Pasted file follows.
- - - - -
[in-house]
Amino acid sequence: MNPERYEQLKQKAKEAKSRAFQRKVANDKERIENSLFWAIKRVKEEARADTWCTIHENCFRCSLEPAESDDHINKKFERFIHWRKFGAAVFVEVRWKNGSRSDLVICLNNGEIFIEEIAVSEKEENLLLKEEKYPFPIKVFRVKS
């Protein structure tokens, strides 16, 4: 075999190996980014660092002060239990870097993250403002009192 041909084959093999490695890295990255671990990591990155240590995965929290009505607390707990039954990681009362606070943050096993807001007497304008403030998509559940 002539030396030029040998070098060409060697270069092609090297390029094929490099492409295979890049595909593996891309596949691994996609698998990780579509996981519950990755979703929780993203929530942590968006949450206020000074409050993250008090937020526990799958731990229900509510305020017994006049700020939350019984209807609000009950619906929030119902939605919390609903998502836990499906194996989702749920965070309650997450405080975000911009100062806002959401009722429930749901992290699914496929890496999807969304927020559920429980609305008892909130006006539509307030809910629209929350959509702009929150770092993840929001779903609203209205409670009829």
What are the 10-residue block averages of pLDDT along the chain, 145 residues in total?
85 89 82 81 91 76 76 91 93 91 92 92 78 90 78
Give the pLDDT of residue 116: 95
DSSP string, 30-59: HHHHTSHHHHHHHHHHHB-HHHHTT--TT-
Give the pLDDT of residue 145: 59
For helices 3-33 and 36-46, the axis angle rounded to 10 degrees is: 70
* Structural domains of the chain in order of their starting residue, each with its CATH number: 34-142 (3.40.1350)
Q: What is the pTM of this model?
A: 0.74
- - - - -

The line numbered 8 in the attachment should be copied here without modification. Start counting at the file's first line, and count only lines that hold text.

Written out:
Give the pLDDT of residue 145: 59